If a food leaves us feeling hungry, we will be less enthusiastic.
And if we feel sick or uncomfortable after eating, we may develop an immediate dislike for the food’s odor and flavor.
So perhaps the babies who ate green beans in a “stand alone” manner (i.e., without peaches as a second course) were more likely to notice the relatively poor energy return associated with green beans.
By contrast, the babies whose green beans were paired with peaches were probably more satisfied after each meal. As a result, they developed a stronger liking for green beans.
No. There are many reasons not to force feed babies. At best, it’s an exercise in futility. When people are forced to eat a food, they come to like it less, not more. And at worst, you might be forcing your baby to eat something to which he is allergic or sensitive.
The key, I think, is what the baby does when you try to put food in her mouth. If she turns her head away, or pushes away the spoon, or gags, she’s done with that particular baby food. At least until tomorrow, when—like the babies in the green bean experiment—she can try it again.
Yes, I think so.
Our sense of taste is influenced by two sources of information.
1. Our taste buds detect the primary tastes--sweetness, sourness, bitterness, saltiness, and umami, a savory, hearty taste associated with glutamate and found in meats, milk products, and mushrooms.
2. Our sense of smell permits us to distinguish all the other, more complex flavors—like garlic or cumin or cinnamon.
Experiments reveal babies have a well-developed sense of smell at birth. And newborns can detect sweetness, sourness, umami, and some bitter flavors. The ability to detect saltiness comes later, at about 4 months (Beauchamp et al 1986).
But this doesn’t mean that your 4-month old experiences flavors in the same way that you do. As many parents can attest, babies may stubbornly reject foods that seem perfectly acceptable to adults. There are several possible reasons for this, and you can read the details in my story about the science of picky eaters.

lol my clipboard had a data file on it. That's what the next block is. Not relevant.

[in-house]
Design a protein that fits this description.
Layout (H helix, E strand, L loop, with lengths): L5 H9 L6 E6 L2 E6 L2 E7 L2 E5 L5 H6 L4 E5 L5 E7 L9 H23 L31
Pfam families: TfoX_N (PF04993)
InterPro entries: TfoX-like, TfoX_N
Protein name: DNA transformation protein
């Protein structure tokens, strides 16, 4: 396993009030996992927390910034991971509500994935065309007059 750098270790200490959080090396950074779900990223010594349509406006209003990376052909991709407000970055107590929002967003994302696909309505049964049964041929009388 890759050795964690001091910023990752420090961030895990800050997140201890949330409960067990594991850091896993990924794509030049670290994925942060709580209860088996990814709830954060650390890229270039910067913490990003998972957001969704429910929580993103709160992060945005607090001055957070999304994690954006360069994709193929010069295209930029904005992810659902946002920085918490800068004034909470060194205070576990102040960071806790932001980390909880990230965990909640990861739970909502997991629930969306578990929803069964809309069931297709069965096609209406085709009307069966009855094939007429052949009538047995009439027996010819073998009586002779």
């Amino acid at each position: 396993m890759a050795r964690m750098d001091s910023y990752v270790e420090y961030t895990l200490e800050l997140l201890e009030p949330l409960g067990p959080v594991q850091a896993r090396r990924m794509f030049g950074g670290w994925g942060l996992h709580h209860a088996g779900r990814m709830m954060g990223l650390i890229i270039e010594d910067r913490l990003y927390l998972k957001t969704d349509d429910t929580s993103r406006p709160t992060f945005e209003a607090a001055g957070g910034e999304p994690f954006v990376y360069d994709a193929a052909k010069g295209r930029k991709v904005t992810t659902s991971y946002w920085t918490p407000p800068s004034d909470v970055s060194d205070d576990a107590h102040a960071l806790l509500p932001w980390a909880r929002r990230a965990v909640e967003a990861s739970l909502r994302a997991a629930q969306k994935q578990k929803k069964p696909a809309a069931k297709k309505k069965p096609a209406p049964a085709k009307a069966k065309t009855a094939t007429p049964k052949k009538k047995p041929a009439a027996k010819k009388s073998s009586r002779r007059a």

But the quick version is:
So, despite your best efforts, your baby might reject some foods no matter what you do.
As noted above, commercially-prepared baby food is often lacking in
seasoning. If your baby craves a little of the flavors he encountered
when he was gestating or drinking breast milk, you can always try making
your own babies foods at home.
For inspiration and recipes, check out
Baby Food 101,
by Lisa and Matt Cain. This website includes a variety of helpful
information, including nutritional facts and suggestions about which
ingredients are best purchased in organic form.
Addessi E, Galloway AT, Visalberghi E, Birch LL. 2005. Specific social influences on the acceptance of novel foods in 2-5-year-old children. Appetite. 45(3):264-71.
Beauchamp GK, Cowart BJ, and Moran M.1986. Developmental changes in salt acceptability in human infants. Dev. Psychobiology 19:17-25.
Beauchamp GK and Mennella JA. 2011. Flavor perception in human infants: development and functional significance. Digestion. 83 Suppl 1:1-6.
Forestell CA and Mennella JA. 2007. Early determinants of fruit and vegetable acceptance. Pediatrics 120(6):1247-1254.
Havermans RC and Jansen A. 2007. Increasing children's liking of vegetables through flavour-flavour learning. Appetite. 48(2):259-62.
Mennella JA, Beauchamp GK. Maternal diet alters the sensory qualities of human milk and the nursling's behavior. Pediatrics 1991;88:737-744
Mennella JA, Nicklaus S, Jagolino AL, and Yourshaw LM. 2008. Variety is the spice of life: strategies for promoting fruit and vegetable acceptance during infancy. Physiol Behav. 94(1):29-38.
Mennella JA, Trabulsi JC. 2013. Complementary foods and flavor experiences: setting the foundation. Ann Nutr Metab. 60 Suppl 2:40-50.
Ventura AK and Worobey J. 2013. Early influences on the development of food preferences. Curr Biol. 6;23(9):R401-8.
Content last modified 4/9